The Algona Upper Des Moines from Algona, Iowa on August 23, 1899 · Page 9
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The Algona Upper Des Moines from Algona, Iowa · Page 9

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Algona, Iowa
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Wednesday, August 23, 1899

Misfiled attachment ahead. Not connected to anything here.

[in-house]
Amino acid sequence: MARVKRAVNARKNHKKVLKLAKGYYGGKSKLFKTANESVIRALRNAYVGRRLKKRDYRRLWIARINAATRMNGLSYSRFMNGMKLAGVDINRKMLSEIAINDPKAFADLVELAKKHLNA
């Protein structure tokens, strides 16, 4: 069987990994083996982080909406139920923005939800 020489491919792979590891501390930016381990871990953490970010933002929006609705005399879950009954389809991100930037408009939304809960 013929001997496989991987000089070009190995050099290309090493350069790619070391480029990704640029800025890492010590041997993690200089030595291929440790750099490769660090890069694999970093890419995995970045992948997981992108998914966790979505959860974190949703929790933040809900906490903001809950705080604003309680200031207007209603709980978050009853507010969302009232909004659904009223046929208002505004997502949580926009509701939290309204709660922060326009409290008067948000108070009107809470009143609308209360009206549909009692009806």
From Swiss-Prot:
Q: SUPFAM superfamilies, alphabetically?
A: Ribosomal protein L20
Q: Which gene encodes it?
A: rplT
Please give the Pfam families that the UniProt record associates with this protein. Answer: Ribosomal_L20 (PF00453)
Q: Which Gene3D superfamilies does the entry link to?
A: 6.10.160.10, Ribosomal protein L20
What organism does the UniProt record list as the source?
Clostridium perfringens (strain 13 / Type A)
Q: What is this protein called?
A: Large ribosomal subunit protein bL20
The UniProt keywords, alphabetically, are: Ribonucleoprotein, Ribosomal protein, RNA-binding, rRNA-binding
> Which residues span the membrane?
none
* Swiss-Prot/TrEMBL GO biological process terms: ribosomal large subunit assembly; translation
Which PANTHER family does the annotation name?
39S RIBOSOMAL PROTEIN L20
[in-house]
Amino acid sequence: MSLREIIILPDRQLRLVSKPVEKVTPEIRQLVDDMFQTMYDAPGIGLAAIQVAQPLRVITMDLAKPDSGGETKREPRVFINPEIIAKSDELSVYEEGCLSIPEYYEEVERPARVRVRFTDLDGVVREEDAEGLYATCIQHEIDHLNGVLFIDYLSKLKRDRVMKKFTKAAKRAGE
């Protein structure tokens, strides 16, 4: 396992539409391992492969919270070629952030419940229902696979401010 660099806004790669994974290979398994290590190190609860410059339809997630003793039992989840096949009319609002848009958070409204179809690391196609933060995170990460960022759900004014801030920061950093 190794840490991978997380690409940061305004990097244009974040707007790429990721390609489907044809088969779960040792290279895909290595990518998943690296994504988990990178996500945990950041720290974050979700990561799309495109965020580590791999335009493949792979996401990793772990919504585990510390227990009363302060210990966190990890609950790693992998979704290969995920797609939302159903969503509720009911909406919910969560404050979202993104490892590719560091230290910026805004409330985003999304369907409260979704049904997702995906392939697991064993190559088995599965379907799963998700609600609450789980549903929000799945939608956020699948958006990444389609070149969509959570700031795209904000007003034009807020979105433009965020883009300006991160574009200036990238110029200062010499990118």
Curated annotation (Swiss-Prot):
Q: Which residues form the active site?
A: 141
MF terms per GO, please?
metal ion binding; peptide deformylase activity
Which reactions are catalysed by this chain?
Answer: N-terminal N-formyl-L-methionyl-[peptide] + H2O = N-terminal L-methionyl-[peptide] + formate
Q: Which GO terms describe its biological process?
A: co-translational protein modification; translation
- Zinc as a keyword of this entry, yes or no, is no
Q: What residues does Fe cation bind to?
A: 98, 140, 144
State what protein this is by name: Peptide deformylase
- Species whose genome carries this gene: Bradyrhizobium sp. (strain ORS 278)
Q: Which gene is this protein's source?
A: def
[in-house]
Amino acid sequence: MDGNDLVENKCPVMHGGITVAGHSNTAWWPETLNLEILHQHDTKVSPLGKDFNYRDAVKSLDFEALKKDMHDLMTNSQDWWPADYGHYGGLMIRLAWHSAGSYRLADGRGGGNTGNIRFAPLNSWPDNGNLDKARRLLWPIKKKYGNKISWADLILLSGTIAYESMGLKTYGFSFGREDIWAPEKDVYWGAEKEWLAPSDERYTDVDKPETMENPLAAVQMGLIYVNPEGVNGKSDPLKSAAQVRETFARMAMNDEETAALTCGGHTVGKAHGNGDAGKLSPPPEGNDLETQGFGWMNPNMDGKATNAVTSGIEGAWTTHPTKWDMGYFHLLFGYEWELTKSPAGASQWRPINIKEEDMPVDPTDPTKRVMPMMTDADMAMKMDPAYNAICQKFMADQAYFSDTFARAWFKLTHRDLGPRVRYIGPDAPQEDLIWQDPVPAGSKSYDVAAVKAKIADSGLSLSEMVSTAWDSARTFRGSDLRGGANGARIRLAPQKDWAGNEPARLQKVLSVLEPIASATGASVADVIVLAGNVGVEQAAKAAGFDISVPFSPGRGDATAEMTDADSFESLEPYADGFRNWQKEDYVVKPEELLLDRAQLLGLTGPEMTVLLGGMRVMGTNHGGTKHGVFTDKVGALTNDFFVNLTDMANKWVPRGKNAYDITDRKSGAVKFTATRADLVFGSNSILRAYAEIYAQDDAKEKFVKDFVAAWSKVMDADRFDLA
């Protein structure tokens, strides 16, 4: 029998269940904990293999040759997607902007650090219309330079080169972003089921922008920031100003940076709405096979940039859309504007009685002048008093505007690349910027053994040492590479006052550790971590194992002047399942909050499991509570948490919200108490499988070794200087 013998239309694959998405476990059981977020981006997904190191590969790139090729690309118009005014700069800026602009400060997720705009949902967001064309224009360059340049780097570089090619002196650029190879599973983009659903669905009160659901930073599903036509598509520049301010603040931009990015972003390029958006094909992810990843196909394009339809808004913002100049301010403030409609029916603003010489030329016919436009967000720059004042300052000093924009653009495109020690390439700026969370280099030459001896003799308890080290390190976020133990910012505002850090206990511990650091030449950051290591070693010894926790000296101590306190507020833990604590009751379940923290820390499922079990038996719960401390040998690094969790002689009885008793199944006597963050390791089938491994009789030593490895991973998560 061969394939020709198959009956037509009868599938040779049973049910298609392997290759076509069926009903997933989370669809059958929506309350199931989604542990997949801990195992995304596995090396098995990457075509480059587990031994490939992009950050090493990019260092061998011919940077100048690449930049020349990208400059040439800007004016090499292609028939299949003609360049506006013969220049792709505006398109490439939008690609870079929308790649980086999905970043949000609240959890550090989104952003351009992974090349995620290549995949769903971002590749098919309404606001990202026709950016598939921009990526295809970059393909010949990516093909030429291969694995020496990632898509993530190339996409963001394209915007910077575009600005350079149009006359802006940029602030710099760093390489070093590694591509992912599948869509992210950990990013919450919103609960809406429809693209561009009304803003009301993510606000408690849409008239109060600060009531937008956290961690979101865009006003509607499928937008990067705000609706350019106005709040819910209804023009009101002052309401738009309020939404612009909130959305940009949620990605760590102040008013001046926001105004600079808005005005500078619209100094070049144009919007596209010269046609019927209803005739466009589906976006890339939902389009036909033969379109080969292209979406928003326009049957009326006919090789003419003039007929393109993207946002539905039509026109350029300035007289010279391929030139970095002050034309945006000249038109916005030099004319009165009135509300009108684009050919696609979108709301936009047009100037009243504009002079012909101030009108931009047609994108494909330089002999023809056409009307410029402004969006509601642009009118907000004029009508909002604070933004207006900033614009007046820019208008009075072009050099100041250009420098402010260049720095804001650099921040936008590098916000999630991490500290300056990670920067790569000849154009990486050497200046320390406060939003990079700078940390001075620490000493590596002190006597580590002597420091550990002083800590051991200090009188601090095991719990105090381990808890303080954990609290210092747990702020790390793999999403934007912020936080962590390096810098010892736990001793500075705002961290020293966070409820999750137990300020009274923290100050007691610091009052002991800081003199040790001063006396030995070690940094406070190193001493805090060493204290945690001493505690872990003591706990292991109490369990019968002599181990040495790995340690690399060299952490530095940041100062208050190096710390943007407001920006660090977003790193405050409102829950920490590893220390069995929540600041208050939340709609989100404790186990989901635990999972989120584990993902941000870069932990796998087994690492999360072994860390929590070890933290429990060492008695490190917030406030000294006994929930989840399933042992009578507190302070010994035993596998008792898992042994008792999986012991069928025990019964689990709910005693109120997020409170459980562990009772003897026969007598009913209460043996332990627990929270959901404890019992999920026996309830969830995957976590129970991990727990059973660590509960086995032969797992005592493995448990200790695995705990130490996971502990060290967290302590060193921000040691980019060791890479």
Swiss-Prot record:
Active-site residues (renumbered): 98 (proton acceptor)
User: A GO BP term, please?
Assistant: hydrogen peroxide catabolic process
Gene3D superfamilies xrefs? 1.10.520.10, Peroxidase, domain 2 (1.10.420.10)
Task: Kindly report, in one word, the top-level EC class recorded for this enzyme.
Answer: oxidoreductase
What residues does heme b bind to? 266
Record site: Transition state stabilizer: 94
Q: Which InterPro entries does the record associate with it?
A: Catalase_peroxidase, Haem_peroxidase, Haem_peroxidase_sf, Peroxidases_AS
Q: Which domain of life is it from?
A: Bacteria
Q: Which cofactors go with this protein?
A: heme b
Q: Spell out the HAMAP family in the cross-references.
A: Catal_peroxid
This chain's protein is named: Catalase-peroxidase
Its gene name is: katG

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THE UPPER BES MOINlSr ALGONA, IOWA, WEDNESDAY AXJGU8T 23, Is youf breath bad? Then your best friends turn their heads aside. |A bad breath means & bad liver. Ayer's Pills are liver pills. They cure constipation, biliousness, dyspepsia, sick headache* 25c. All druggists. FRED E WHITE THE NOMINEE '>'•'•' • - -O— ' —'•• ' ' ' the^Cliicago Platform Reaffirmed in Detail and in Whole, Want yotrt moustache or beard a beautiful brown ot tlch black? Then u»e BUCKINGHAM'S DYE « 6Q_CT». Of DjtUQOHTg, OH ft. P. H*LL_A CO._.N«HUAt N. H. An electric automobile in France recently-ran 124 miles without recharging 1 . . Fashionable society in Paris lias discarded envelopes, and now folds its letters in tho old way, sealing them with wax or wafers. Is what the largest and best school systems use. CATHARTIC WRITE TO DR. COFFEE TO-DAY, Because to-morrow you may be so blind you can not bo cured, or so (loaf no one can help you. One week Is often too long to wait. Write to-tiny for Ills new book (ho Bends It free) explaining all about bis new (Us c o v « r 1 e a and how he cures llllntl- ncHS, Cat ill-acts on the Eyes or Gran- DR. W. O. COFFEE w 'f ft* *£ iVd medicines, at your home. And Deafness and Head noiseH with similar lino of treatment. Ho U curing a hundred u day at his office and hundreds by mall. Write to-day for 8U-paKO book telling how to cure nil diseases of tho eye, ear, nose and throat. Address DR. W. 0. COFFEE, R1H, 330, 338 and 310 Good Block, Des Moines. Iowa [PUtASE MENTION T1IIS PAPER WHKN WRITING.] CUT ME OUT. New Mirror Theater. This Ticket will be received at box office in payment of 25c on one first-class admission ticket. Sec Row No Tho above ticket Is KOOd at any performance In the Mirror Theater boiwjeu August 21 and September 3d. We will not oiler you nuy home talent— you hnvo that, at home. No Yon Yousou, Ole Oleson or l j eter Petersons. Nor ure we going to burn a little red tiro and u few sky rockets and charge you 50o. We will «lve tho best performance In the city. which will be one continuous show consisting of Comedy, Drama, B'arce and Vaudeville. The new Mirror Theater Is the tlnost and best opera house in the state of Iowa. It Is located on East Sl.tth and Locust, 3 blocks west of state capitol ; Is modern In every respect. Don't fall to bring above ticket and visit this house while in the city, treats are on sale at Bandholra's drug store, Bast Sixth and Locust. Trices 1ft, 25. Sft, 60. 75 and W.OO. _ .T. 8. CONNOtil'Y. Manager. W. L. DOUGLAS S3 & S3 .50 SHOES Worth $4 to $8 compared with other makes. Indorsed by over 1,OOO,OOO wearers. ALL LEATHERS. ALL STYLES TUB GENUINE hire V. L. Douglu* Dtn« and prlte lUmped on bottom. Take no substitute claimed to he as good. Largest makers of 13 and »3.60 shoos la the •world. Your dealer should keep them— If not, we will send you a pair on receipt of price. State kind of leather, size and width, plain or cap toe, Catalogue A Free. W. L. DOUGLAS SHOE CO.. Brockton, Mass. Get your Pension DOUBLE QUICK Write CAPT. O'PARRELL, Pension Agrent, UaS New YorkAvenue. WASHINGTON. D.C. PENSIONS; Omaha Btamroerori 1 Injtl STAMMERING /. N. U., Des fllolnes, No. 34— EDUCATIONAL. Opposition to the Administration's Wai* Policy and Trusts Given Prominence in the Platform. IE UNIVERSITY Of NOTRE DAME, NOTRE DAME, INDIANA. Classics. Utters, Economics and History, urnallsm, Art, Science, Pharmacy. UYV, yiymechanlwl an*' Electrical Engineering, thorough ' Preparatory and Commercial curses. Ecclesiastical students at special rates. looms Free. Junior or Senior Year.Collegiate purses. Booms to Rent, moderate charge. &m^pWS^*.W9. SSEY.' C. S. C.. President. ST. MARY'S E Notre Dame P. 0,, Indiana, jJjMie lullo >Ve»(of tbe University of Notre D»mo.) i 89th Academic Term will open Monday, > September i, 1899. All tbe branches ot ugh English and Classical Education, _g Greek, Latin, Spanish, French and . nun are taught by a Faculty of competent oUera. On completing the full oourno of T studies students receive the jular Collegiate Degrees of Lltt.B, orA.8. 5 Conservatory of Music is conducted on (be pplan of tbe best Classical Conservatories of Europe. ) Art Department is modelled after tho best Art Schools in Europe, preparatory and Minim Pepartraeuts^-PupHs T need primary training, eud those of tender , .are here carefully prepared for tbe AoivUernlc urge and Advanced Course. "or orttaloKue containing full Information, Governor .Fred K. White tilentennnt-GoTernor M. I*. Bevln finpreme Judge .A. Tan Wnirenen Railroad CommUsloner. ..W. H. Cathonn State Superintendent F. B. Holit DKS MOINEB, August 17.—Chairman Townsend, of the democratic state central committee, called the state convention to order in the Auditorium yesterday at 10:30. After prayer by Rev. J. A. Wirt, Hon. Cato Sells was introduced HS temporary chairman. He said in part: "Just what the democratic national platform of 1900 will eontaln 1 do not know, but I firmly believe that it will be along the lines of tho last platform, with such an Indictment of the McKinley regime for its mal-admlnlstration, class preferment, and unconstitutional conduct ns to Insure the support of every citizen who has been, is, or wants to be a Jeffersonlan democrat. And I sincerely hope that no democratic convention will subject Itself to the 'round Robin' charge of censorship, but that all will be respected in the expression of, ami contention for, an honest conviction, find that when the national convention has again spoken the will of the majority will be acquiesced in by a reunited ir.l irresistible democratic party, and thus make contain the supremacy and consequent prosperity of the liberty loving, law ab'.dl'.i?, home building and industrious masses ove, the now favored classes who, for selfish purposes, advocate or tolerate tho prostitution of the executive, legislative powers of the government, the federal constitution, Monroe doctrine and declaration of Independence. "Bimetallism Is as much a fundamental principle of democracy as equality of rights, and this convention would betray the party should it fail to declare for the reinstatement of silver to Its legitimate place in the nation's monetary system. "But the McKinley administration has developed conditions which were they to become operative would forever overthrow all democratic principles and make of it but little Importance what kind ot monetary system prevails in the country. The very fact that the republicans are determined, if possible, to smother the question of protection, trusts, imperial colonization, militarism, foreign alliance and kindred issues, is a sufficient reason why the democracy should not permit them to hide these burning questions. Our republican friends will have ample opportunity with the cry of 'cheap money 1 and 'debauched currency' to attempt to make silver a 'bogy man, 1 but they will never be able again to deceive the people as they did in 189B. They are 'up to' other Issues as well as the money question, and will have to meet and answer them on every stump in Iowa, and the more they try to avoid, dodge or duck the more aggressive will democracy drive such issues home and push them to the'front. They have made the new issues, are responsible for them, and must meet them squarely, or desert the field and take the consequences. "We have reached a crisis in our national life. The declaration of Independence, federal constitution and Monroe doctrine are being devoured by vicious cannibals The money trust, Industrial trust and patriotic trust have masked In the falsa garb 'destiny' lor a desperate attack. "The state and national campaigns upon which we are about to enter will bo the turning point for the republic and Its people. The armies are forming In battle array. The call for enlistment has b'eeu made. It Is not what you have been but what you are now that puts your name on the muster roll. Loyalty to the cause for which we fight is the only requirement. "Our commander Is democracy's greatest leader—the able, fearless and Incorruptible champion of equal rights and human liberty—the modern Thomas Jefferson- William Jennings Bryan." On motion, the roll of districts was called and members of the committee on resolutions and the state central committee were announced as follows: RESOLUTIONS. First district—P. Henry Smyth, Des Moines county. Second district—M. J. Wade, Iowa county. Third district—J. S. Murphy, Dubuque county. Fourth district—P. F. McHugh, Howard county. Fifth district—John Baum, Benton county. Sixth district—E. C. French, Wape'.lo county. Seventh district—Charles O'Donnell, Polk county. Eighth district—E. J. Sankey, Decatur county. Ninth district—J. M. Emmert, Cass county. Tenth distrlct-J. W. Hlnchon, Kossuth county. Eleventh district—A. Van Wagenen, Woodbury county. STATE CENTRAL, COMMITTEE. Firs* district—W. L. Throop, Henry county. Second district—C. G. Hipwell, Scott county. Third district—E. M. Carr, Delaware county. Fourth district—G, Holmes, Cerro Gordo county. Fifth district—A. E. Jackson, Tama county. Sixth district—S. F. McConnell, Davie county. Seventh district—George Huffman, Polk, county. Eighth district—W. R. Hart, Ringgold county. Ninth district—E. H. Bickford, Mills county. Tenth district—J. B, Romans, Crawford county. Eleventh district—Thomaa Ward, Plymouth county. The convention then took the usual noon recess. At the afternoon session, Judge T. L. Maxwell, of Des Moines, was installed as permanent chairman, the rest of the temporary organization being made permanent. Judge Maxwell spoke briefly, mainly against imperialism. The convention seemed to be determined to wait for the report of the committee on resolutions before proceeding 1 with the nominations, but finally became tired of waiting and proceeded to the nomination of a candidate for governor. L. T. Genung nominated Fred E. White. E. A. Graham, of Newton, nominated Cato Sells. Mr. Sells denied that he was a candidate and seconded tfie nomination pf Mr. White. 8. fl. Bashor, who had withdrawn from the contest, also seconded the nomination of Mr. White. Jas. K. Burgess, of Ottnmwa, seconded the nomination of Mr. Sells. J3x-mayor Craig, of Keokuk, nominated Mr. Paugherty, of Keokuk. J. G. Redmond, of Oskaloosn, nominated Anthony 0. Daly, of Marshall town. O. J. Laylander, of Cedar Falls, nominated S. H, Bashor. The convention then proceeded to an informal ballot, which resulted as follpws: White Bells ...103 Bashor S4}» Daly 30 Daugherty 103 Genung 13 Mr. Bashor announced that Mr. Sells, Vtr. Genung and himself had conferred, and he moved that the informal bal- ot be made formal nnd that Mr. White ae made the nominee by acclamation. The motion carried. Mr. White was palled for and brief- .y thanked the convention for the "lonor conferred upon him, and urged /he democracy of Iowa to stand by :itm and win a great victory. _Judge A. Van Wagenen, of Sioux ity, chairman of the resolutions committee, was recognized, to present the platform. It was listened to with great interest and close attention, and frequently cheered, and at the close of the meeting was unanimously adopted by acclamation. The platform: We, the democrats of Iowa, In convention assembled, unqualifiedly and unreservedly endorse the Chicago platform of 1896 in whole and In detail and declare our unwavering fidelity and adherence to the isame, and we proclaim our admiration for and loyalty to that peerless exponent of democratic principles, W. J. Bryan and "favor his nomination in 1900. Second. We rejoice in the exalted sentiment and motive that prompted the government of the United States to take up guarded legislation. Just and fAir and In fl the interests of true temperance. ' Sixth. We condemn the administration of Leslie M. Shaw and the republican party for weakness and inefficiency and for subservience to the monled and corporate interests as opposed to the interests of the •people. To the support of the foregoing principles we cordially invite the active co-operation of all lovers of liberty and equality. By an additional resolution, the state central committee was empowered to fill any vacancy that might occur on the state ticket. For lieutenant-governor M. L. Bevis, of Mt. Ayr, Ed. .1. Stnhl, of Mi, Pleasant, and Clias. C. Chubb, of Kossuth county, were placed in nomination. Before a ballot had been taken E. B. EVans, of DesMoines,moved that nomination for railroad commissioner b^ referred to the populist convention. This motion was laid on the table. Wild disorder prevailed for a while, but the chair finally announced that the motion was made through a misunderstanding, as the populists had not e.sked for any sxich concession. The roll call resulted in the nomination of M. L. Bevls, with the following vote: Bevis 614 Stahl 308 Chubb 105 For judge of the •supreme court A. Van Wagenen, of Sionx City, was nominated by acclamation. For railroad commissioner, W. H. Calhoun, of Marshalltown. F. D. Bayless, of Elkadcr, and II. E Wills, ol Clinton county, were placed in nomination, the roll call resulting in the nomination of Calhoun, by the following vote:. Calhoun 889 Wills •. 198 Bay less 81 After a number of .changes to Calhoun, the nomination was madq unanimous. For (Superintendent of public instruction, P. B. llolst, of Boone, was placed 'in nomination, and as there were no \. FRED E. WHITE, Nominated for Governor of Iowa. arms In defense of the bitterly oppressad people of Cuba In the successful termination with the war with Spain and in patriotism and unsurpassed bravery dl.-- play.cd by our soldiers and sailors on land and sea. The war for the liberation of the tyranny-cursed Island was worthy the greatest republic and the most civilisation that has flourished in the tides of time, but for the same reason that we glory In the successful war against Spain, we deprecate and condemn the war against the Filipinos. One war was for the emancipation of the people; the other for the subjugation of the people, and if the war against Spain was right, and it was, that against the natives of the Philippines, who have committed no offense save to love liberty and to be willing to light and to die for It, is wrong. The attempt unauthorized by congress,' to conquer the natives of the Oriental islands is a repudiation of the American doctrine of consent affirmed In the Declaration of Independence and in conflict with the principle which George Washington and his fellow patriots of the revolution made sacrifices to establish. We also condemn the war against the Filipinos, believing it to have been inspired by Great Britain for the purpose of producing conditions that will force an Anglo-American alliance, and we not only protest against the war and demand its termination by extension to the Filipinos of the same assurance given to the Cubans, but we record our deep seated antagonism to an alliance with Great Britain or any other European power, and express our detestation of the attempts made In British Interests to disrupt the friendly relations , which have uniformly obtained between the United States and Gerrnanv. We oppose conquests of the Phl'.ipplnes.because Imper'al- Ism means militarism, because militarism means government by force, and because government by force means the death of government by consent, the destruction of political and Industrial freedom, and the obliteration of equality of rights and the assassination of democratic institutions. Third. We view with alarm the multiplication of those combinations of capital commonly known as trusts that are concentrating and monopolizing Industry, crushing out independent producers of, limited means, destroying competition, restricting the opportunities for labor, artificially limiting production and raising prices, and creating an industrial condition different from state socialism only in the respect that under socialism, the benefits of production would go to all, while under the trust system, they go to Increase the fortunes of the Jew, These trusts and combines are the direct outgrowth of the policy of the republican party, which has not only favored thess institutions, but has accepted their support and solicited their contributions to aid that party In retaining power, which has placed the burden pf taxation upon tjiose who labor and produce in times of peace and who right our battles In time of war, while the wealth of the country is exempted from these burdens. We condemn this policy, and It is our solemn conviction that the trusts must be destroyed or they will destroy free government, and we demand that they be suppressed by repeal of the protective tariff and other privilege conferring legislation responsible for them, by the enactment of such legislation, state and national, as will aid In their destruction. Fourth. We condemn the present system of letting convict labor by contract to private persons or corporations as now In vogue iii the state of Iowa, and recommend that the same be abolished and that convict labor be employed solely and only in such work as will not bring it into competition with free laoor. Fifth. We urge that the legislation of the State carefully consider the existing liquor laws with a view of eliminating the objectionable features of the mulct law other candidates he was named bj acclamation. The convention then adjourned sine die. STATE CKNTRAT, COMMITTKK. The new central committee met a the Savery last evening and organized Geo. A. Huffman, of Des Moines, wa chosen chairman, A. D. Bickford, u Greenfield, secretary, and J, B. Ho mans, of Denison, treasurer. JfOI'CWST STATE COMMITTKB. Dies MOINES, August 17.—The popu lists met at the Y. M, C. A. uuditoritu yesterday and adopted a platform air recommended W. II. Calhoun. of Mar Khali town, for railroad commissioner to the democrats. The platform declares for the St. Louis platform, foi the renoininatiou of VV. J. Bryan, opposition to trusts, for the initiative I Will Start for the Front Late in Octobefi S TO SUPERVISE OPERATIONS, General of the Arm? E«- pecte to lie In Manila by the End of the Rainy Season—i« Not to Directly Supcrgede Otis. M. L. BEVIS, Nominated for Lieutenant Governor oi Iowa, and referendum, denounces the feiti« fusion law, urges the necessity opthc free coinage of silver, denounces the administration's policy toward the Filipinos, and declares opposition to an alliance with Great Britain or any foreign nation. The enmity between Senator Chandler and Gallinger, of New Hampshire, •was caused by a dispute regarding a postoffice appointment. Doctor—Have you taken any remedy for this trouble? Patient— No, " I have not; but I've taken a medicine. Luther said t))ut i| strong at 20 at 40 ijn.d, be Chicago, Aug. 21.—The Record pub- ishes the following: Washington, Aug. 19.—Major-Gen. Nelson A. Miles, commanding-general of the army, is going to the Philippines. He will start the latter part of October. He will not take command of the forces in the field, nor will he supersede Gen. Otis. He will, however, act in his capacity of general of :he army and will have a supervision over field operations. He will direct the assignment of the different regiments and participate In mapping out plans of campaigns. He will reach the Philippines about the close of the rainy season and may remain until peace la restored. This statement is made upon excellent authority, Recruiting for the additional volunteers just authorized will not be actively entered upon until Monday, the recruits enlisted this week being used to fill the regiments enlisting In the Philippines and to replace the men being discharged from the volunteer regiments already organized. The recruiting returns for yesterday received at the war department show that there Is a surplus of 1,339 men, or just about enough to fill the three regiments In the Philippines to their maximum strength. TO RUSH MANILA REINFORCEMENTS Secretary Root Arranging for Their Bpeody Departure. Washington, Aug. 21.—Secretary Root is busily engaged In selecting officers to fill the new regiments, going over the lists of names that have been submitted with recommendation for appointment, and considering their efficiency during the Spanish war. The secretary is giving the matter of these selections his personal attention and the list is being prepared In his private office. After the selections are made by the secretary they will bo sent to the president for his approval. Preparations continue actively In the matter of arranging for the speedy transportation of the troops to the Philippines. The quartermaster's department has been considering the advisability of chartering more transports on the Pacific coast. Already the ships chartered make it possible to send nearly all of the organizations now formed by Sept. 25, instead of two- weeks later, which was the schedule first shown to Secretary Root. The transports Logan and Thomas are now being fitted up on the Atlantic coast and it is expected they will be ready to sail by the middle of October nd will take three regiments via the Suez canal. At the latest'calculation it is now believed to be possible to land all the new regiments in the Philippines by the 1st of December, or very soon after that date. Seven of the lieutenant colonels named are now serving in the Philippines. They will remain there and await the arrival of their regiments. While It may not be necessary to use all the troops In the Philippines, it is understood to be the plan of Secretary Root to have a sufficient force not only to defeat the insurgents at every point, but to garrison and hold the places that; may be taken, and thus Insure a safe line of communication, Expects a Special Session. Cleveland, Ohio, Aug. 21.—Congressman A. S. Berry of Newport, Ky., in an interview here, stated that he believed President McKinley would call a special session of congress in October to submit the Philippine question to that body. Congressman Berry also predicted that anti-expansion would be the watchword of the democratic party in the presidential campaign, that the Chicago platform would be indorsed, but that the money question will be ignored to a great extent, "Kid" McCoy Easily Knocked Out. Chicago, Aug. 21.—"Kid" McCoy was knocked out in less than naif a round Friday night by Jack McCormick, a comparatively unknown fighter, who hails from Philadelphia. The blow th»t did the business was a heavy right- hand swing that landed fairly oa the point of the chin. McCoy fell at full length on his back and was counted out. He was unconscious about twenty seconds and it was some tjme before he had a good idea of what bad happened. New Tliread Cornpr«Wpi»! London, Aug. 19.—It is said that an. English sewing cotton company will acquire all the common shares of the American Thread company, and it is added that the American venders li&v* subscribed for £125,OQO o» the new common shares in the ITEMS Of INlSttEST. Confessional boxes are to be fduniSl in fit* dioceses 6f the Church of England. , A million dollars were spent In atl« {tends to Presbyterian ministers Jn Canada last year. At Wardbury, Norway, the longest' day lasts from May 21 to July 21* with* out interruption. When first known to the Romans silk was so dear that it was sold weight for weight with geld. There is a man in Missouri so meat! about giving his clerics a vacation that he won't even have a calender in hit office for fear some one might take a day off. The most densely populated state i9 Rhode Island, which has 318 inhabi* tants to the square mile, Nevada has more territory for its population than any other state. There are more than. two square miles cf area for each resi* dent. Hailstones have frequently caused great injury to vineyards in Italy. A hailstorm was about to descend on the villages near Monferoto when the clouds were bombarded with artillery atid the hail was thus converted into light rains. Perhnps if the weather would let up the mercury would let down. Anmml Encampment Union Veterans. For the nbovn encampment, to be hold at DCS Motiies. la., August 22-25, 1800, the Chicago Great Western Railroad, t.he "Maple Leaf Route," the friend of the old soldiers, will sell excursion tickets from all points on its line at greatly red need rates. Tickets on sale Aug. 21 to 24, good to return until Aug. 28. For further information •Inquire of any Chicago Great Western Rv. agent, or F. IT. Lord, Qeni. Pass. & Tkt. Agt., Chicago. Free llomcnten<ln In the Milk River Valley of Montana, Land produces all staple grains'and vegetables, splendid stock country, good climate, precious metals, coal and timber in tributary territory. Free lands in sight of daily trains on Great Northern Railway. For publications urn' further information address Moses Folsom, 3d' and Broadway, St. Paul, Minn. The present needs patriots as well as the past. If you aro afflicted .with a disease of the eye, ear, nose or throat you should coTisult Dr. W. O. Coffee, the successful oculist, of DCS Moines. The owner sometimes discovers that the mare makes the money go. Piso's Cure for Consumption has been a God-send to mo.—Willium B. McClellan, Chester, Florida, Sept. 17,1895. Everybody in the world depends upon somebody else. MTB. WlnHlow'H Soothing Syrup. For children teething, softens the Rums, reduce! Inflammation, nllitvn naln.curea wlndcollc. 25c a bottle. The archbishop of Canterbury is paid $10,000 a year more than President McKinley's salary. p|TSPermanontlyCnreu.I'ofll8orn8rvon|ineii»aft«» Brut dny's UBO of Dr. Kline's Great Nerve lUstorer. Bend for FREE 83.00 trial bottle and treat!** Dn, II. 11. KLINE. Ltd.. 931 Arch St.. Philadelphia, Pfc Nothing is insincerity. more disgraceful than Ladles Can Wear Shoe* One size smaller after using Allen's Foot Ease, a powder for the feet. It makes tight or-new shoes easy. Cur^B,:,|»wol- leni hot, sweating, aching feet, ingrow- ing nails, corns and bunions. At all druggists and shoe stores, 25 cts. Trial' package FREE by mail. Address Allen 8. Olmsted, Le Roy. N. Y. It is not a bad idea for lovers to learn to ride a. tandem, for in that way they are thrown together a great deal; ROBERT DOWNING Tells the Secret of His Great Enr- durance, Robert Downing was recently Interviewed by the press on tbe subject of bis splendid health, Mr. Downing promptly and emphatically gave tbe whole credit of bis splendid! physical condition to Pe-ru-pa, saying:. Robert Downing, tbe Tragedian. > "I find It a preventive ftgatast (till sudden summer ills that swoop upon one In changing climates and water. "It Is the flueat traveling comaaniou and safeguard againalf i»&lftvW< ju,-- fineness. > > "To sura It up. p«TW«a h.a&dione.siti wove good th_a,» any touic I have eve* 1 Healthy mucous the body against t>e' 'Wsat '0* and tbe eold'orwiutef. '•Pe~L«**fitt <;!«• sure to bring- '-hefrtth ,to""tM"4iMW*W' membranes of 'the